The Royal New Zealand College of GPs recently pleaded with employers not to require employees to produce medical certificates until after seven days of illness, rather than the usual three.  This message was reinforced by the Ministry of Health which advised that employees could use texts from the Ministry as proof either that they have COVID – 19 or are a household contact.  The Ministry’s statement said that such texts were “reliable evidence” that employees need time off work, and could be used “rather than asking for a traditional GP medical certificate”.

College medical director Brian Betty explained the problem;

“We have a situation at the moment where the system is essentially at capacity in terms of the winter illnesses we have such as influenza, Covid, RSV, and certainly it’s an additional burden that at times is probably unnecessary and its one that GPs reflect back to me quite frequently on.”

Betty also pointed out that the messaging from health system was that if an employee was sick or unwell with the flu or flu like symptoms, they should stay at home.  Further, employees are legally required to stay at home if they have COVID-19, so requiring a medical certificate within this timeframe needs to be reconsidered, he said.

Ideally an employer and their employee would discuss and agree on how to deal with any COVID – 19 related absences.  However there will inevitably be situations where there is less trust in the relationship and an employer seeks to insist on its legal rights.

Under the Holidays Act an employer may require an employee to produce proof of sickness or injury after 3 or more consecutive calendar days, whether or not the days would otherwise be working days.  In other words, if an employee calls in sick on Friday, and is still away on Monday, the requirement to provide a medical certificate will be triggered.

Employers can also require proof of sickness or injury at any time, including on the first day of illness, if they inform the employee as soon as possible that proof is required, and they cover reasonable expenses.

In relation to what constitutes “proof”, the Act provides that this may include a certificate from a health practitioner stating that the employee is not fit to attend work, or can not do so because a partner or dependent is sick or injured.  However the legislation does not allow an employer to dictate who the proof must be obtained from.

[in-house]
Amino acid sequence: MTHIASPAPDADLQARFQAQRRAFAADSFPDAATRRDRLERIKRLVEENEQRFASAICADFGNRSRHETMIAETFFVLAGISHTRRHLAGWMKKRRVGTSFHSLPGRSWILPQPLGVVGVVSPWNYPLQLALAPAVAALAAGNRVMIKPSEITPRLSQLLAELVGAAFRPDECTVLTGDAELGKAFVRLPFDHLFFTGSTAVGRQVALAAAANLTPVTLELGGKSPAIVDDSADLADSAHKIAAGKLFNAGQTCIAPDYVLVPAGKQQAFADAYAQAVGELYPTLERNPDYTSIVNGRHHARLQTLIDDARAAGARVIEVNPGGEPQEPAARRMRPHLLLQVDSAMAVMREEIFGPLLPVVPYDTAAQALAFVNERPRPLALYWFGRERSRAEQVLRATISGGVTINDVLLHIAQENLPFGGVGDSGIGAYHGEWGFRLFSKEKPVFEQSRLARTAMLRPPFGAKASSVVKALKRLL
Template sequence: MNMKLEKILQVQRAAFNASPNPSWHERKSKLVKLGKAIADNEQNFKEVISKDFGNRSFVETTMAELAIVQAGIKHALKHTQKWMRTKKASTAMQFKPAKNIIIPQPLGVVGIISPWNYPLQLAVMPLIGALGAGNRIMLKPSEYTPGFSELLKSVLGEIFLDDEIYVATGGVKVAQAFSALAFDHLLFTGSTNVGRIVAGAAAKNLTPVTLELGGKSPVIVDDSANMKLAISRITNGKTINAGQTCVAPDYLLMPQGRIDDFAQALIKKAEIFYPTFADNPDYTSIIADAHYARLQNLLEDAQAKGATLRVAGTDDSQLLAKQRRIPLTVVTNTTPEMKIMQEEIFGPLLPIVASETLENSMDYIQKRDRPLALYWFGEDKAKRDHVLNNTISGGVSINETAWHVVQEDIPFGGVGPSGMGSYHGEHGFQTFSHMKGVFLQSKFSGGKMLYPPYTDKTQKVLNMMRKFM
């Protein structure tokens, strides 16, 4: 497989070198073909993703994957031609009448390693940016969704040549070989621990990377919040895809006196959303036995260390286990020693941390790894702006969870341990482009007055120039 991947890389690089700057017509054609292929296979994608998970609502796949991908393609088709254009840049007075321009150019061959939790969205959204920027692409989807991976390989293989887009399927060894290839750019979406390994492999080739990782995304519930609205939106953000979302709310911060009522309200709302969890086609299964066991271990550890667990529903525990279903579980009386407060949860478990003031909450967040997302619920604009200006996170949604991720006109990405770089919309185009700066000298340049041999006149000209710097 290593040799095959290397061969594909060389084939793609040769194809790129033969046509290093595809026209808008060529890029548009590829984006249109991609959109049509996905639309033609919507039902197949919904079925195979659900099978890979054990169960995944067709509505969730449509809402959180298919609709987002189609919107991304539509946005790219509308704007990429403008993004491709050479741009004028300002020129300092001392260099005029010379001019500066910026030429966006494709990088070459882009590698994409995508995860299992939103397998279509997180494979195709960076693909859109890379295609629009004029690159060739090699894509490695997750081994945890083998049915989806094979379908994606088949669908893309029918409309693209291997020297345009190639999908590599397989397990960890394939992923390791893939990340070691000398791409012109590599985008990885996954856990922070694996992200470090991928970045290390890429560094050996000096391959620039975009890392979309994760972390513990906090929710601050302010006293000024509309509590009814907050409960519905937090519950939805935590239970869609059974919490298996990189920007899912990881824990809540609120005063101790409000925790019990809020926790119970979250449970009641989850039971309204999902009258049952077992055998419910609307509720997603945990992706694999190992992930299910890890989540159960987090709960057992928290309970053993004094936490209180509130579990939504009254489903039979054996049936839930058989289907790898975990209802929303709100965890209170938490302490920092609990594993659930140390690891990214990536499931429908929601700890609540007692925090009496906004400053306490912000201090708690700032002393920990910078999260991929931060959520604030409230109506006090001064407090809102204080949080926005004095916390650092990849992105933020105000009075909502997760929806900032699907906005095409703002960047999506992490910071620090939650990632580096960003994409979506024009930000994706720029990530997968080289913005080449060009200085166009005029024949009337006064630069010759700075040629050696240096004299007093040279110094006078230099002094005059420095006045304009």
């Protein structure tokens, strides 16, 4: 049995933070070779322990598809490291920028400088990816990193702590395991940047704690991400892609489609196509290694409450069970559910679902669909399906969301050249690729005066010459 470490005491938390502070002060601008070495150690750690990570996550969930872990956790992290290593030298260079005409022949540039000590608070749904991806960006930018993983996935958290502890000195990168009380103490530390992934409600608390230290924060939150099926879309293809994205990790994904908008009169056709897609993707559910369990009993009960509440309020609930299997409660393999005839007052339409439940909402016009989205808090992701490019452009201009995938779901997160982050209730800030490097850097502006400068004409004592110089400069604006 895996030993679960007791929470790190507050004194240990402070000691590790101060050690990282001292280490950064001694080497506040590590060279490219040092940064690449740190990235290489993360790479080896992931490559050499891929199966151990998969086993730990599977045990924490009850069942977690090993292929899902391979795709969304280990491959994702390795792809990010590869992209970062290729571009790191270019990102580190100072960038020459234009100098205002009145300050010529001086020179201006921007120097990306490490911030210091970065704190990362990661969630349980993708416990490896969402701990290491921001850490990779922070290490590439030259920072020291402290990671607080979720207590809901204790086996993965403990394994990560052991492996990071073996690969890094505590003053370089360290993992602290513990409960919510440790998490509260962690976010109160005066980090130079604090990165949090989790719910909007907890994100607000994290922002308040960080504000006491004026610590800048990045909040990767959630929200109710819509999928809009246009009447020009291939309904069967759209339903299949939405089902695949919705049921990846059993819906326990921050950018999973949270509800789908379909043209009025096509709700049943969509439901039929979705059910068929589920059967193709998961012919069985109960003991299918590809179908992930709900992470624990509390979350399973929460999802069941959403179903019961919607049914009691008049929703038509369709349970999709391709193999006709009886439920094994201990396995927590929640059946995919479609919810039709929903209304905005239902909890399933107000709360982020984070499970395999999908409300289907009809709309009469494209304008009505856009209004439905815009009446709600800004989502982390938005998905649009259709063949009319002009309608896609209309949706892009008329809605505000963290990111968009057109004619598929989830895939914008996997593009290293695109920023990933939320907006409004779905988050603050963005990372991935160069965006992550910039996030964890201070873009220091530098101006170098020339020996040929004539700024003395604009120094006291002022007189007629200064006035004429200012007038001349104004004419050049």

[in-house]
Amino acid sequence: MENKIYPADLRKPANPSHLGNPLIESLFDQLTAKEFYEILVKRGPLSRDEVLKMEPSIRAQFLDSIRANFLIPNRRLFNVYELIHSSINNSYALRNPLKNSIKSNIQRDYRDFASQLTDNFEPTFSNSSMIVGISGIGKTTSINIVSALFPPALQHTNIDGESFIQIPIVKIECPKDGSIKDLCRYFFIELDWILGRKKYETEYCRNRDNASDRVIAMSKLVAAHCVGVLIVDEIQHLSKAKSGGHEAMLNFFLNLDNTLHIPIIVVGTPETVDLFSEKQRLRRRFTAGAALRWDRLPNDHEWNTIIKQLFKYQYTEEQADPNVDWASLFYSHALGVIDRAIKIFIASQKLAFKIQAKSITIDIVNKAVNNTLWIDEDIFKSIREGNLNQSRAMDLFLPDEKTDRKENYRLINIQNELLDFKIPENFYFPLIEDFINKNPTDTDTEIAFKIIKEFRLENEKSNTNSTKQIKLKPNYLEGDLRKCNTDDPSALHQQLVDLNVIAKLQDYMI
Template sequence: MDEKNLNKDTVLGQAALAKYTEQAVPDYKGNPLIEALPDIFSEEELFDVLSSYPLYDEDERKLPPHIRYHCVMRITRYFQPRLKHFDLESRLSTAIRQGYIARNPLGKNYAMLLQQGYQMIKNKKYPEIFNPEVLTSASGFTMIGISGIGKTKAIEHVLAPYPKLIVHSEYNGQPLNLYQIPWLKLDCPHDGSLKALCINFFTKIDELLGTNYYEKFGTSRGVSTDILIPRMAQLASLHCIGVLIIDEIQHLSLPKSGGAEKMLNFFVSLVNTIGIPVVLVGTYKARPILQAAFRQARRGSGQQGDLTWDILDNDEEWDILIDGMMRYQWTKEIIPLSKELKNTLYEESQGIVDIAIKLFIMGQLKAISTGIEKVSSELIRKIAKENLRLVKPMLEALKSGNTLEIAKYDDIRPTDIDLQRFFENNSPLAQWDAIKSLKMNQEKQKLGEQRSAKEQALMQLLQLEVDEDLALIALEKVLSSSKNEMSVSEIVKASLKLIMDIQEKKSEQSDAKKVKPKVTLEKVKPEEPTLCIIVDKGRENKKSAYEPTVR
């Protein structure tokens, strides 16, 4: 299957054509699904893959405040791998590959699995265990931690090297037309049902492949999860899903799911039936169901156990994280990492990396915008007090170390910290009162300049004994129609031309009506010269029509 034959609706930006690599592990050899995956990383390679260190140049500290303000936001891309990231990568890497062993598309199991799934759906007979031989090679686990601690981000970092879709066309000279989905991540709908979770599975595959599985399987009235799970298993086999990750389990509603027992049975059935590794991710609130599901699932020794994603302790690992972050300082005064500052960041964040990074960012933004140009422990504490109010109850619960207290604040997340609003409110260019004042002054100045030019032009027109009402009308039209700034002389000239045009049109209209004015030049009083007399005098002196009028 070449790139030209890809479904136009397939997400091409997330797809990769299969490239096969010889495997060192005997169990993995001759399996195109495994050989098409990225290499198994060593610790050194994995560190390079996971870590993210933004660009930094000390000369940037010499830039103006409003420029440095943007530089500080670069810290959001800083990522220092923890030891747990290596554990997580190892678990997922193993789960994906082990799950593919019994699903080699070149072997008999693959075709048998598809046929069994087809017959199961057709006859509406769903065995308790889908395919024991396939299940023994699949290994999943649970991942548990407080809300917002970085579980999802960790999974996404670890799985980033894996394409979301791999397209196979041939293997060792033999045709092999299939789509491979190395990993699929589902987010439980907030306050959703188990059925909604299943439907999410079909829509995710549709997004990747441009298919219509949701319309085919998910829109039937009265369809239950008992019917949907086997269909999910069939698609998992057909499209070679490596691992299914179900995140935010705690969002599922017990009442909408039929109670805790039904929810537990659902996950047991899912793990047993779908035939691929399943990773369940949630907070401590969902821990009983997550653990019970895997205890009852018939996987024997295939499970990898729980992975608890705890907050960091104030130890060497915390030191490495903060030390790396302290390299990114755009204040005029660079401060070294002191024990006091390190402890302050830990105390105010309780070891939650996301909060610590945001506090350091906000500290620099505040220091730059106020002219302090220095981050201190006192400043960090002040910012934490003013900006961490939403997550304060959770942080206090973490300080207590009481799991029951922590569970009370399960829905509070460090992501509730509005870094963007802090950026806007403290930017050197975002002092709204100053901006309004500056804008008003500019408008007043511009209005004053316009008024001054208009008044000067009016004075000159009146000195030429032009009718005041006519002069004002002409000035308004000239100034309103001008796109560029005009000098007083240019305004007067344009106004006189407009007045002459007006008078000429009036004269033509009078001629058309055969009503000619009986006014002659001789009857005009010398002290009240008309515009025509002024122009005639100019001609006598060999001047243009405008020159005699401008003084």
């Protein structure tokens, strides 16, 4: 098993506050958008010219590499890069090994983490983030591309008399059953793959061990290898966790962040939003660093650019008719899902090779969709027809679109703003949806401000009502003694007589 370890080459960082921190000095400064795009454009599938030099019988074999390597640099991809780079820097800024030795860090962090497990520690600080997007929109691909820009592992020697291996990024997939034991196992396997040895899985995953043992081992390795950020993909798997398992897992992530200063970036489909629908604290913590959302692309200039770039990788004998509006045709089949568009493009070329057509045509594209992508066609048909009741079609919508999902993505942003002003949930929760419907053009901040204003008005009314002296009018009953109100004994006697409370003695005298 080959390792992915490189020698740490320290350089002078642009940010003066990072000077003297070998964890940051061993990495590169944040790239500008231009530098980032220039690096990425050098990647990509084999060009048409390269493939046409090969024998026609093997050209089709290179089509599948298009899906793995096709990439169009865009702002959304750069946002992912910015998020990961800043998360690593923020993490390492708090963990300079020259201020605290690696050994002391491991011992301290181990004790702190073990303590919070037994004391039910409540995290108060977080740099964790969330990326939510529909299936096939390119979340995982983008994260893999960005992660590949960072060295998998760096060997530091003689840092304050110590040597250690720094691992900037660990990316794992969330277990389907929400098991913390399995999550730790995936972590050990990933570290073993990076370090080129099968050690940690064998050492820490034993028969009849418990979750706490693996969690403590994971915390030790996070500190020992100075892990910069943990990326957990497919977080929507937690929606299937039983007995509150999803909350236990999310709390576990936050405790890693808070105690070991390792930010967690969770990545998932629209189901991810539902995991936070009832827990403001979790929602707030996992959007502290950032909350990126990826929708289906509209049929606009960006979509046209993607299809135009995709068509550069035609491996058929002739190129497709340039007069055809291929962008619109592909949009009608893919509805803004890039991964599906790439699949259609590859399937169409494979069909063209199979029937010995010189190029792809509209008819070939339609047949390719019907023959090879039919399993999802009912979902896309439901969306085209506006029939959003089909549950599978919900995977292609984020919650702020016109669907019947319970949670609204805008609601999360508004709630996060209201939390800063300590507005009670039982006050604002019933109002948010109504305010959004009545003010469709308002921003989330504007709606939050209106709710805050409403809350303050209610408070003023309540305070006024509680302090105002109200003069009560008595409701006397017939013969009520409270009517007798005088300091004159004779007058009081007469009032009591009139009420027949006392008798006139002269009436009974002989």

These provisions have led to a number of cases in which employers have claimed that the medical certificates presented by employees are insufficient.  In one case involving Noyes and TWCE (2014) Ltd the employer argued that the certificate was too vague, and the Authority agreed.  Nonetheless, the Authority found that despite the employer’s suspicion about the symptoms disclosed, the view of the medical practitioner was that these symptoms were consistent with illnesses prevalent in this community at that time and with a pre-existing injury for which Noyes was receiving treatment, and this should be regarded as sufficient evidence.

In Sheppard-Johnson v Zeros Coffee Ltd, the medical certificate stated simply that the employee was not fit to attend work because of sickness or injury.  The Authority found that there was a statutory presumption that a medical certificate is sufficient proof of sickness or injury, but this could be rebutted.  The employer could not simply reject a medical certificate but was entitled to seek additional evidence, either from the doctor issuing the certificate, or by way of a second expert opinion.

As to whether a text from the Ministry of Health must be accepted as proof of illness, the likely answer is no.  This is because such texts are issued on the basis of self-reporting, with no physical or clinical examination of the person concerned.

The Medical Council of New Zealand has issued guidance on medical certification.  This includes an expectation that any information it contains should be based upon clinical observation, with patient comment clearly distinguished from clinical observation.  It also states that certificates should provide the necessary information required by the receiving agency and consented to by the patient.  This need not include disclosing a diagnosis, but should include a statement of what work activities it would be safe for the employee to undertake and appropriate restrictions, or unsafe activities that the patient should not undertake.  If the patient is fit for some duties, this should be recorded.

In practice many medical certificates do not include this level of detail, but in accordance with the Medical Council guidance, an employer would be within their rights to request it.

Despite the pressure on the health system, employers remain entitled to insist on requiring proof of absence in any case, strictly in accordance with the Holidays Act and Medical Council guidance.  Whether they are inclined to do so will likely depend on if they have confidence that their employees are being open, transparent and trustworthy.